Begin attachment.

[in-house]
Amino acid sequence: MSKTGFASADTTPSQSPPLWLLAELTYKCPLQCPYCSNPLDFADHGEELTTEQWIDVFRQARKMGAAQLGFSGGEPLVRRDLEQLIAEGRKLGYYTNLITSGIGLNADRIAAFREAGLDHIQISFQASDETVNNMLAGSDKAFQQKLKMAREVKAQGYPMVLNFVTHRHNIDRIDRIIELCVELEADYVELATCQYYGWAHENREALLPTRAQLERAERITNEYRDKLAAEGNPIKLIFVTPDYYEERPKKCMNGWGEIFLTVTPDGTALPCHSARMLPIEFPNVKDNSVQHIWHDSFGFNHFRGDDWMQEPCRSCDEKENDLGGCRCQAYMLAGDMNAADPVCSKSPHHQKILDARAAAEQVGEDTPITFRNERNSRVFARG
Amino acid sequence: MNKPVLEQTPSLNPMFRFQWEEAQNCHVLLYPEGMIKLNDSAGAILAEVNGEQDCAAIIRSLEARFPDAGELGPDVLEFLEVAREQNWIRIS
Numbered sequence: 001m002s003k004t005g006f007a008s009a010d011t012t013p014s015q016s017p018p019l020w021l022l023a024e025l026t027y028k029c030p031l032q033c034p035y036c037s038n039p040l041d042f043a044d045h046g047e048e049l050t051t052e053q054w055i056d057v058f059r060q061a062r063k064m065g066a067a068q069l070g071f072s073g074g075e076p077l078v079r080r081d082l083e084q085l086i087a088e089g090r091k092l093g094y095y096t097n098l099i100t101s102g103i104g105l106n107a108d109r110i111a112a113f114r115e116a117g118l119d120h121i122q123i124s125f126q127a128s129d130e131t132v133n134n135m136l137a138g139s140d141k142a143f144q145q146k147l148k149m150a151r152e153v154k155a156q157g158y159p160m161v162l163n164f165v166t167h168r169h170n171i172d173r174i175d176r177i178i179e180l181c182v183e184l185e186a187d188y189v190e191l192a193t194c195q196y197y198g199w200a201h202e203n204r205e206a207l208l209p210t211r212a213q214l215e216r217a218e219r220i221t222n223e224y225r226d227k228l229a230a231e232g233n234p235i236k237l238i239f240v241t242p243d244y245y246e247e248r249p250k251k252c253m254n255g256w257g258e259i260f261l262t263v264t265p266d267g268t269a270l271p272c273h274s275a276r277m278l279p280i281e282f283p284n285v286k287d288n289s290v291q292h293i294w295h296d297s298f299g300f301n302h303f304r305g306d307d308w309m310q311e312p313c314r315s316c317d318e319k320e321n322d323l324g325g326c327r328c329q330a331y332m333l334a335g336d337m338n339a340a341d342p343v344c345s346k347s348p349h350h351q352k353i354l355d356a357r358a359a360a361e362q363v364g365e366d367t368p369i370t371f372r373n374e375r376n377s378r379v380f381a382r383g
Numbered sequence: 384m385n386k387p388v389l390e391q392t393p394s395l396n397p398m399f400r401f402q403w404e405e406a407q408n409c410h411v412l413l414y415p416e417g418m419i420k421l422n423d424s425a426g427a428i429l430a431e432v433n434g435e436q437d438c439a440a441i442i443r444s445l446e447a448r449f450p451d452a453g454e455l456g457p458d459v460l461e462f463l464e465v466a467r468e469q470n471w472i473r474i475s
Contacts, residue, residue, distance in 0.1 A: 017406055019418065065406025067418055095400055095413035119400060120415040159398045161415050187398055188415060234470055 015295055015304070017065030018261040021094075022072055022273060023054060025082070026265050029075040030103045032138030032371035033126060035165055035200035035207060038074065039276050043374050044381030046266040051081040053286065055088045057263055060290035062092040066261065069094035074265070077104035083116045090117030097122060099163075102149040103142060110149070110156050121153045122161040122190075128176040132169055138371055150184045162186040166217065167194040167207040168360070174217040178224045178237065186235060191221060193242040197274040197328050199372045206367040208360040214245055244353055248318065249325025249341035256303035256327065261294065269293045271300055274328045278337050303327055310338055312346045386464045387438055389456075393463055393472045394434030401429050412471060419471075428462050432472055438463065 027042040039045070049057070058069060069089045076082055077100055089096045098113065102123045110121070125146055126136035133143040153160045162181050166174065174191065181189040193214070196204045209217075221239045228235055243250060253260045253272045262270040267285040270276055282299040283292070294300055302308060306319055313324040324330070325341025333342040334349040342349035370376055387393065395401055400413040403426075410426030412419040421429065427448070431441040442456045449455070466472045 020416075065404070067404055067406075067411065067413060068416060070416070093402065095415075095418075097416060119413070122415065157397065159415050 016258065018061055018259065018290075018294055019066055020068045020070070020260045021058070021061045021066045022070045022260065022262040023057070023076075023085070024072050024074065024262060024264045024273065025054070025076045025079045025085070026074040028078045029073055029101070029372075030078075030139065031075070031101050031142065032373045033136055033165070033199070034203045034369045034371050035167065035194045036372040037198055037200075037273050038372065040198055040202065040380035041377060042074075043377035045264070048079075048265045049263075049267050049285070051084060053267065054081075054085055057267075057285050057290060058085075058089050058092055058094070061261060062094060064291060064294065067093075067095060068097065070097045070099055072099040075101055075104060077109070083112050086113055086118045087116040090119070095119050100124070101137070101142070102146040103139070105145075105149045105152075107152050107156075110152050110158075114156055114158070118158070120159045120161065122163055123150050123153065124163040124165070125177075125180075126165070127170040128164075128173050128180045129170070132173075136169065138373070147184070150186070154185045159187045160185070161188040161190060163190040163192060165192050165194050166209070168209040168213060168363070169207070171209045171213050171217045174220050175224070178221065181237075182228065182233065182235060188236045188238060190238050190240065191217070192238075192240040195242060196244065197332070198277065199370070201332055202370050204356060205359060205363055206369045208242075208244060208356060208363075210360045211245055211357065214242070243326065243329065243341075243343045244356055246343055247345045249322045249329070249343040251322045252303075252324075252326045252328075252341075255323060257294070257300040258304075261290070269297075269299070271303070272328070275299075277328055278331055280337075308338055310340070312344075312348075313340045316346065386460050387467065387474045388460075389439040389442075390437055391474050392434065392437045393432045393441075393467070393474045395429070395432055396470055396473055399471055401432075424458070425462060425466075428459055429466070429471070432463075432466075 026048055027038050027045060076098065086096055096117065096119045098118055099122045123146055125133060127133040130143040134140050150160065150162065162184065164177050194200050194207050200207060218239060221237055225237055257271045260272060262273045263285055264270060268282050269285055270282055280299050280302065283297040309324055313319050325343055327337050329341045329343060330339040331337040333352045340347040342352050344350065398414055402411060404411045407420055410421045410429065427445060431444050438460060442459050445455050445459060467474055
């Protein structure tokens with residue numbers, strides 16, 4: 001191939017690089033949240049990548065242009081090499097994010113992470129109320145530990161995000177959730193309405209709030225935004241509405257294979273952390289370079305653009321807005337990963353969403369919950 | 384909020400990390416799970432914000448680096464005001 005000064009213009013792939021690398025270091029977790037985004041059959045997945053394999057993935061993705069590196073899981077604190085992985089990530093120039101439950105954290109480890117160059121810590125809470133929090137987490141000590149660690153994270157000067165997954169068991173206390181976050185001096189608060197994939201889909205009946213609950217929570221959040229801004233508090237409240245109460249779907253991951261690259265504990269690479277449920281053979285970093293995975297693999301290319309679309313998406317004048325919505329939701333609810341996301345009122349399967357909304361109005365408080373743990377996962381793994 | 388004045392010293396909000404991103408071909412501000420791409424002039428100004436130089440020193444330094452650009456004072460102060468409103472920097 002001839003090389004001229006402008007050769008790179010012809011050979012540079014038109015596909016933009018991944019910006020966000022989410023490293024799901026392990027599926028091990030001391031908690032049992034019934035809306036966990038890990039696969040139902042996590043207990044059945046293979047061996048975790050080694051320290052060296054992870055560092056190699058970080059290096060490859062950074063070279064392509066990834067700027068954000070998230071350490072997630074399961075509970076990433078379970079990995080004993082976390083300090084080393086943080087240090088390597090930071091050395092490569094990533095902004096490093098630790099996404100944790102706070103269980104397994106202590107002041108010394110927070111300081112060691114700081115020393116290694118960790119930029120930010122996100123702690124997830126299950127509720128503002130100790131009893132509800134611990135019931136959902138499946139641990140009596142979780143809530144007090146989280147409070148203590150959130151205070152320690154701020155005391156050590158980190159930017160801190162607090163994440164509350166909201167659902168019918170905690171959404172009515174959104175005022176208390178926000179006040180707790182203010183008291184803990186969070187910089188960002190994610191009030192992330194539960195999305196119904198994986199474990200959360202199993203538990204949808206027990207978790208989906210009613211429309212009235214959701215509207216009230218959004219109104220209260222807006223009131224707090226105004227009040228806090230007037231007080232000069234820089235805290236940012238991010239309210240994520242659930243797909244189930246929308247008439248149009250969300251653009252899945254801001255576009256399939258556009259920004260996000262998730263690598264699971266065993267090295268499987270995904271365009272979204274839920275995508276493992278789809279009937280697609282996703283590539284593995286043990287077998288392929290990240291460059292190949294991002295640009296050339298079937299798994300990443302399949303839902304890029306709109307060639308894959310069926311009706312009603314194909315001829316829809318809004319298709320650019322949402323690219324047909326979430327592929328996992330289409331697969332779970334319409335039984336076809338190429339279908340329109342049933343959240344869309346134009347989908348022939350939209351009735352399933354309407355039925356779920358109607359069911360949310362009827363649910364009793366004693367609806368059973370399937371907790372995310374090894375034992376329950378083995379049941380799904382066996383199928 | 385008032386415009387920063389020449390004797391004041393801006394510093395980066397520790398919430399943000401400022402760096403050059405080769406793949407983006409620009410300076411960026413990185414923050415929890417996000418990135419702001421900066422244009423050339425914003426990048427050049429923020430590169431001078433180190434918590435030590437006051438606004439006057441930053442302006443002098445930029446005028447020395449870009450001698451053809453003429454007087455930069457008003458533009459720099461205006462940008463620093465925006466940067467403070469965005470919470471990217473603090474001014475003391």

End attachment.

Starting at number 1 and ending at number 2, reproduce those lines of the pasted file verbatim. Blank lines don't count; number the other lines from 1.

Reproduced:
[in-house]
Amino acid sequence: MSKTGFASADTTPSQSPPLWLLAELTYKCPLQCPYCSNPLDFADHGEELTTEQWIDVFRQARKMGAAQLGFSGGEPLVRRDLEQLIAEGRKLGYYTNLITSGIGLNADRIAAFREAGLDHIQISFQASDETVNNMLAGSDKAFQQKLKMAREVKAQGYPMVLNFVTHRHNIDRIDRIIELCVELEADYVELATCQYYGWAHENREALLPTRAQLERAERITNEYRDKLAAEGNPIKLIFVTPDYYEERPKKCMNGWGEIFLTVTPDGTALPCHSARMLPIEFPNVKDNSVQHIWHDSFGFNHFRGDDWMQEPCRSCDEKENDLGGCRCQAYMLAGDMNAADPVCSKSPHHQKILDARAAAEQVGEDTPITFRNERNSRVFARG